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Three brief and helpful articles from this past week discuss disability issues that are making headlines. The shooting of a young, un-armed black man, Michael Brown, has made international headlines. Less prominent, but equally important are issues of law enforcement with people dealing with autism and mental illness. 

Police Encounters with Young Black Men with Autism

Recently, I highlighted a resource, Be Safe, available to law enforcement so that they can deal appropriately with people who have autism. For example, how should police respond if a suspect does not obey a command to put his hands up or lie on the ground? What if the suspect cannot understand the command? Concerns intensify if the person with autism is a young black man. "For Parents Of Young Black Men With Autism, Extra Fear About Police" brings additional attention to the importance of the Be Safe training. "According to the advocacy group Autism Unites, people with autism spectrum disorders are seven times more likely to interact with police over their lifetimes, compared with people without a cognitive disorder. That's particularly scary for parents already concerned about racial profiling. Michelle Smith's 28-year-old son Chris Akubuilo has severe autism and often struggles with both comprehension and speaking..."

Police Encounters with Men with Mental Illness

This past August 19, St. Louis police fatally shot 25-year-old Kajieme Powell after he stole two canned energy drinks and a packet of pastries from a local convenience store. After he took the energy drinks, he put them on the sidewalk across the street from the convenience store and began pacing near them. According to an article "Kajieme Powell Died Because Police Have Become America’s Mental-Health Workers," unnecessarily deadly encounters like this one come from systemic issues much broader than the two police offers who fired their guns. "As a result of the nation’s patchy, frequently inadequate mental-health-care system, police are all too often the first responders to mental-health crises. Powell’s death is a worst-case reminder of why this can be disastrous."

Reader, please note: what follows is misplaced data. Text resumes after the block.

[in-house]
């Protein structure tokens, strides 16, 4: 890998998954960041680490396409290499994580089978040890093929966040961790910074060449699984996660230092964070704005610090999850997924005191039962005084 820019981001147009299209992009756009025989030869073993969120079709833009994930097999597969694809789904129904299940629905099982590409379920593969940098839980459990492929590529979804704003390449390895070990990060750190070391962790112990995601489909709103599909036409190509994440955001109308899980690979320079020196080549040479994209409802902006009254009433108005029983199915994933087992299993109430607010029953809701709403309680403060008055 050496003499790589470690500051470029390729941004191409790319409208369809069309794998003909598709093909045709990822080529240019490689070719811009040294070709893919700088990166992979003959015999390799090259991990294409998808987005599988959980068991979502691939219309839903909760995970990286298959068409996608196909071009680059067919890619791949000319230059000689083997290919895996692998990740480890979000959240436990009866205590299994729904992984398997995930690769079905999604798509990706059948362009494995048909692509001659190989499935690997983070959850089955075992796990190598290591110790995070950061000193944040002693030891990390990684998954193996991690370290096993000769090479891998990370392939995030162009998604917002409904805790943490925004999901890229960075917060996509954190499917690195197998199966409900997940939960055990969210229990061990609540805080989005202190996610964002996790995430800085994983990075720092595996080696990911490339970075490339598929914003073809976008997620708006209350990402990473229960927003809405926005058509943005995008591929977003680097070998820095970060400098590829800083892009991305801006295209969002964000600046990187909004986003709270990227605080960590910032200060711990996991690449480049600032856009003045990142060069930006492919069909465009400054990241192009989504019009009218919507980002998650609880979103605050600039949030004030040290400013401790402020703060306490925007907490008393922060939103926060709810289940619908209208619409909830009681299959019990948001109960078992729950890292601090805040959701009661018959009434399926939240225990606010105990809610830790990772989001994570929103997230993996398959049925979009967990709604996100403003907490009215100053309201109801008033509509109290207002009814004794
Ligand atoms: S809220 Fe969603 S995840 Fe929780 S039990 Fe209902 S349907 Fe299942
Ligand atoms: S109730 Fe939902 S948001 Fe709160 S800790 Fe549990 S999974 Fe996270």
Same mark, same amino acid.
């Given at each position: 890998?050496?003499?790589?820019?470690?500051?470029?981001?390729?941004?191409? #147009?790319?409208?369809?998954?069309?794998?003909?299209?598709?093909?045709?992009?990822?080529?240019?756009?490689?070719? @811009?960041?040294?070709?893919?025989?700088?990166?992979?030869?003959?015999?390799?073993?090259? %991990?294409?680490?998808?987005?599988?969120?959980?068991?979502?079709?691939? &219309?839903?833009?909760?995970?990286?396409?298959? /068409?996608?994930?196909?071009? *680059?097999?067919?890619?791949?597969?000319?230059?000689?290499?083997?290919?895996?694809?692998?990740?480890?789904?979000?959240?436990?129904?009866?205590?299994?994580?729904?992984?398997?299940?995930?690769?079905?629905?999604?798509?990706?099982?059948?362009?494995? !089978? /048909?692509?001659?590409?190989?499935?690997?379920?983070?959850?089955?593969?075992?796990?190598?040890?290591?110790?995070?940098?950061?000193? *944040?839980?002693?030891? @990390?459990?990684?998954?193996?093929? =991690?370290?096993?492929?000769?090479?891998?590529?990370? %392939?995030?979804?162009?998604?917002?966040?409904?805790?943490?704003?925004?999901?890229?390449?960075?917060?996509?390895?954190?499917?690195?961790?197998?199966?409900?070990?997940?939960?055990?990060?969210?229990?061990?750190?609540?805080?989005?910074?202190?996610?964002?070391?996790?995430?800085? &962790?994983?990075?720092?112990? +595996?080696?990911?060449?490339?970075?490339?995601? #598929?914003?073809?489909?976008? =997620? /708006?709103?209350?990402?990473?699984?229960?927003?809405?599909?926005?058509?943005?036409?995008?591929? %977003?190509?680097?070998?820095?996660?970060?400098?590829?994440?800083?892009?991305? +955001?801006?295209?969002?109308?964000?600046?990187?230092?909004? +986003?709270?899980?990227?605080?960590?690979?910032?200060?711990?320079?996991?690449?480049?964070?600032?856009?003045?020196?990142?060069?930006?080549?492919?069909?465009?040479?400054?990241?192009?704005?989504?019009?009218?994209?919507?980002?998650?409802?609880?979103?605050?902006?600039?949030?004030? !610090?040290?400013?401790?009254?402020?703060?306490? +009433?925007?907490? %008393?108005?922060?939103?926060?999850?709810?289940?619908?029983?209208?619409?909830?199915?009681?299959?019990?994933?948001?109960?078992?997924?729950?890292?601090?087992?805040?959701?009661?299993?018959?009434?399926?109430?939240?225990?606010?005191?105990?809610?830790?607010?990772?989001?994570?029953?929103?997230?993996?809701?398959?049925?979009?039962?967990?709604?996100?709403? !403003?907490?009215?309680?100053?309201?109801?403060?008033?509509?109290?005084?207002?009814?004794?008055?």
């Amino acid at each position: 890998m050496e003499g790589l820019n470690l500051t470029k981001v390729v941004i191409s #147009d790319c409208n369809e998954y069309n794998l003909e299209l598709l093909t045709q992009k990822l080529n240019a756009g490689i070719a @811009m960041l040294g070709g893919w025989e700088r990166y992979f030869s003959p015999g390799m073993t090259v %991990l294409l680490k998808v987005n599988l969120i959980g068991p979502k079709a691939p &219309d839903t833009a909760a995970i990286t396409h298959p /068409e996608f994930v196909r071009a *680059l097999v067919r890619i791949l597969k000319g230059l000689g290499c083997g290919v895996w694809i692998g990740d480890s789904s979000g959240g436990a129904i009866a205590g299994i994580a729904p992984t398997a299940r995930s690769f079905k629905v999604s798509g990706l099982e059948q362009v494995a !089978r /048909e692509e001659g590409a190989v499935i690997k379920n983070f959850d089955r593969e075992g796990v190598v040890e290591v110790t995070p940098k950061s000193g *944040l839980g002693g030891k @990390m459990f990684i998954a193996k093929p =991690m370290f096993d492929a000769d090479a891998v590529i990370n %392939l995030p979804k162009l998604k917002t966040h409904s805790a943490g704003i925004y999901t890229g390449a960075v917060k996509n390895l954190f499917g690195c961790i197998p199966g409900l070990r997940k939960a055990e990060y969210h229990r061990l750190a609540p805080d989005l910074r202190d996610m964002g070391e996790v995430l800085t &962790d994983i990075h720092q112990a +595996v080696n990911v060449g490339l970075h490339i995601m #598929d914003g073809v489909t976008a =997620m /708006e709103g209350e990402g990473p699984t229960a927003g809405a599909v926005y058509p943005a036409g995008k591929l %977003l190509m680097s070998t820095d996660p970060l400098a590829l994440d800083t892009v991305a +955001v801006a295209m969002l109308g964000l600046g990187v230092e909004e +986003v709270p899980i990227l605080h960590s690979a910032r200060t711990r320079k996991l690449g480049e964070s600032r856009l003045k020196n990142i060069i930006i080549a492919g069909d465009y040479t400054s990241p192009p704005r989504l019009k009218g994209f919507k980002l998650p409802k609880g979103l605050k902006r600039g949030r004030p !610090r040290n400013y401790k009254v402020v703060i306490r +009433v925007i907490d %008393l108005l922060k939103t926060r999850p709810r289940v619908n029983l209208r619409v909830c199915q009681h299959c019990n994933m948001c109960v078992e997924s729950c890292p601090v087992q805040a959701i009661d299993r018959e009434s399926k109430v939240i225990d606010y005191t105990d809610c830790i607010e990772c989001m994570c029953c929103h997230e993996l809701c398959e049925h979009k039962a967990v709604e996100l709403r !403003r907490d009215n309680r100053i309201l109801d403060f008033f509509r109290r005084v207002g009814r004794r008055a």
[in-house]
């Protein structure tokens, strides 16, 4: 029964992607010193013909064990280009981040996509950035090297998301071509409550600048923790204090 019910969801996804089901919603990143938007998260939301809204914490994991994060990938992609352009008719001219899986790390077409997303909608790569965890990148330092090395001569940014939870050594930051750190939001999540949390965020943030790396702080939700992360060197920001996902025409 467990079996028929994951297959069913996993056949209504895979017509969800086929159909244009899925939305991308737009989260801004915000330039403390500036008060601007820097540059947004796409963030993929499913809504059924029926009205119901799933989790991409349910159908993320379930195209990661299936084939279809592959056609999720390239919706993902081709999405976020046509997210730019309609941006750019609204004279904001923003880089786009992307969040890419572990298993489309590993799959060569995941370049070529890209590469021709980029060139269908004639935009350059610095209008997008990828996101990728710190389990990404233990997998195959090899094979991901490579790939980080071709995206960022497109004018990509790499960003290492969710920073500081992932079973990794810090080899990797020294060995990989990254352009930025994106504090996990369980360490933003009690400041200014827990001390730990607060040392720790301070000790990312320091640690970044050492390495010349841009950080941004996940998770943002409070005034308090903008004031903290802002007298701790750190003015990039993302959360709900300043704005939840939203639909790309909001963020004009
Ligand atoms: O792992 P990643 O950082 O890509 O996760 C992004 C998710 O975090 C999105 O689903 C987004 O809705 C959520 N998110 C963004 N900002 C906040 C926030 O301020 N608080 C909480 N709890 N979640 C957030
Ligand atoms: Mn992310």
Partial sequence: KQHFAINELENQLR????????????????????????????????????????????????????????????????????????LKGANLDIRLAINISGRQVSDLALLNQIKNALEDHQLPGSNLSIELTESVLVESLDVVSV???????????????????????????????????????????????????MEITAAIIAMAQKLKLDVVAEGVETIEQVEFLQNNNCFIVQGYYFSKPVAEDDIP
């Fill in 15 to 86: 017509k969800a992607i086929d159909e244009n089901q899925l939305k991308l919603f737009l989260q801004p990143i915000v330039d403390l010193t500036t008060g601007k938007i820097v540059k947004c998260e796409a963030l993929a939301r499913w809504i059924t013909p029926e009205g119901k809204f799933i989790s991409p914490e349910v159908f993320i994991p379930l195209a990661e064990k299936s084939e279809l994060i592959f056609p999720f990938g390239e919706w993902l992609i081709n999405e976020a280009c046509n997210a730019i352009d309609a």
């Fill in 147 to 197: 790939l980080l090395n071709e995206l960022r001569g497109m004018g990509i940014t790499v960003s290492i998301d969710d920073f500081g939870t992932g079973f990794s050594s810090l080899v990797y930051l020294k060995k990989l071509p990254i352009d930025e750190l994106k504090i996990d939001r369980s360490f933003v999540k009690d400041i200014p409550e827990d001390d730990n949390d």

Disability Benefits in the U.S.

I've read a number of articles that the U.S. disability insurance program is spinning out of control. "The Myth of 'Out of Control' Disability Benefits," published by U.S. News and World Report, argues that stories about increasing numbers of people receiving disability benefits often overstate their case. "True, the disability insurance rolls have grown in recent decades, but most of that reflects well-understood demographic factors that have increased the number of insured workers, especially in the crucial 50 to 64 age group where risk of disability peaks. These factors include: overall population growth; the aging of baby boomers; the rise in the share of women in the labor force; and the rise in Social Security’s full retirement age from 65 to 66."

These articles give powerful reminders why we as Christians must be informed and involved on various levels with issues related to disability. They are matters of justice, mercy, and love. 

Update (8/27/2014): The topic of police encounters with people who have disabilities is gaining traction in the mainstream media:

Why do police keep seeing a person’s disability as a provocation? (Washington Post) "A 2012 investigation by the Portland Press Herald and Maine Sunday Telegram found that 'about half of the estimated 375 to 500 people shot and killed by police each year in this country are mentally ill.'"

How police can avoid shooting the mentally ill ( "Police in St. Louis shot Kajieme Powell, killing him just a few miles from Ferguson, Missouri. Powell is black and his death initially ratcheted up tensions, but people have since seemed to accept police explanations. Powell acted erratically, had a knife and refused to put it down. Mental illness made it, in the eyes of many, a sad but unpreventable situation. In cases like these, we need to stop talking about mental illness and start thinking through the implications of psychiatric disabilities. We also need police whose first instinct is to de-escalate tense situations whenever and however possible, and, when necessary, solve confrontations with the absolute minimum amount of force."

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